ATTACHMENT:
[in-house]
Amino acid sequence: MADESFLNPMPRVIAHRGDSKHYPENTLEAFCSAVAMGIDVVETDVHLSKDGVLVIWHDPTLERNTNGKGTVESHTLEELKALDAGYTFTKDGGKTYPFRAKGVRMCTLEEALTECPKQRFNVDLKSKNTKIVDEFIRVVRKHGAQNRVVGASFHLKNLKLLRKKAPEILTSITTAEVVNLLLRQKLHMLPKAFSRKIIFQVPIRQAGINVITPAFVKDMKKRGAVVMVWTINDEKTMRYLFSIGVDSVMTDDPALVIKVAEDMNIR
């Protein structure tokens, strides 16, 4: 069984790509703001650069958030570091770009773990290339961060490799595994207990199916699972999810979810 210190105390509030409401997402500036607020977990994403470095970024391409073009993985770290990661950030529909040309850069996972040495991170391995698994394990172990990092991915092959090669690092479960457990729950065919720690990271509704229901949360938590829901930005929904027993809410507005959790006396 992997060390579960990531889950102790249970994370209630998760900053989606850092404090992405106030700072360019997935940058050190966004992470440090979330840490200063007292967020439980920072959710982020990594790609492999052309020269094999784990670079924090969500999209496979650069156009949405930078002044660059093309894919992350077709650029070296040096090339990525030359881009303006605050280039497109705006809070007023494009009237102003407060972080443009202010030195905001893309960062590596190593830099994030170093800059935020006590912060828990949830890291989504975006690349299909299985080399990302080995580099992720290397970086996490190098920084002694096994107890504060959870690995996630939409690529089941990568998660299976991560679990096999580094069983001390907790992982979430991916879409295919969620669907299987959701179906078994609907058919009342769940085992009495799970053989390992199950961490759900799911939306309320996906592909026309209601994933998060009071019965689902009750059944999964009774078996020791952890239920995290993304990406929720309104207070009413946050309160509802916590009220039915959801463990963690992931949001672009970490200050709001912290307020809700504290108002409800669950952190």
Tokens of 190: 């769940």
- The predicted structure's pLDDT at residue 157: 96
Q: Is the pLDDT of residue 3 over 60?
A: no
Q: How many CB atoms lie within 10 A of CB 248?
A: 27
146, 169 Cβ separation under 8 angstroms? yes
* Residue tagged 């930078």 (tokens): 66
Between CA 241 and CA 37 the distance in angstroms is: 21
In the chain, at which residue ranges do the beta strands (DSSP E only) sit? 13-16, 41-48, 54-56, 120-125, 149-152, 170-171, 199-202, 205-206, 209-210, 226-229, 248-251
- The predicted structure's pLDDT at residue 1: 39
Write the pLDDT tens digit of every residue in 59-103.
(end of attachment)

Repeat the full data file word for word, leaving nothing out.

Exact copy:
[in-house]
Amino acid sequence: MADESFLNPMPRVIAHRGDSKHYPENTLEAFCSAVAMGIDVVETDVHLSKDGVLVIWHDPTLERNTNGKGTVESHTLEELKALDAGYTFTKDGGKTYPFRAKGVRMCTLEEALTECPKQRFNVDLKSKNTKIVDEFIRVVRKHGAQNRVVGASFHLKNLKLLRKKAPEILTSITTAEVVNLLLRQKLHMLPKAFSRKIIFQVPIRQAGINVITPAFVKDMKKRGAVVMVWTINDEKTMRYLFSIGVDSVMTDDPALVIKVAEDMNIR
């Protein structure tokens, strides 16, 4: 069984790509703001650069958030570091770009773990290339961060490799595994207990199916699972999810979810 210190105390509030409401997402500036607020977990994403470095970024391409073009993985770290990661950030529909040309850069996972040495991170391995698994394990172990990092991915092959090669690092479960457990729950065919720690990271509704229901949360938590829901930005929904027993809410507005959790006396 992997060390579960990531889950102790249970994370209630998760900053989606850092404090992405106030700072360019997935940058050190966004992470440090979330840490200063007292967020439980920072959710982020990594790609492999052309020269094999784990670079924090969500999209496979650069156009949405930078002044660059093309894919992350077709650029070296040096090339990525030359881009303006605050280039497109705006809070007023494009009237102003407060972080443009202010030195905001893309960062590596190593830099994030170093800059935020006590912060828990949830890291989504975006690349299909299985080399990302080995580099992720290397970086996490190098920084002694096994107890504060959870690995996630939409690529089941990568998660299976991560679990096999580094069983001390907790992982979430991916879409295919969620669907299987959701179906078994609907058919009342769940085992009495799970053989390992199950961490759900799911939306309320996906592909026309209601994933998060009071019965689902009750059944999964009774078996020791952890239920995290993304990406929720309104207070009413946050309160509802916590009220039915959801463990963690992931949001672009970490200050709001912290307020809700504290108002409800669950952190």
Tokens of 190: 């769940």
- The predicted structure's pLDDT at residue 157: 96
Q: Is the pLDDT of residue 3 over 60?
A: no
Q: How many CB atoms lie within 10 A of CB 248?
A: 27
146, 169 Cβ separation under 8 angstroms? yes
* Residue tagged 């930078």 (tokens): 66
Between CA 241 and CA 37 the distance in angstroms is: 21
In the chain, at which residue ranges do the beta strands (DSSP E only) sit? 13-16, 41-48, 54-56, 120-125, 149-152, 170-171, 199-202, 205-206, 209-210, 226-229, 248-251
- The predicted structure's pLDDT at residue 1: 39
Write the pLDDT tens digit of every residue in 59-103.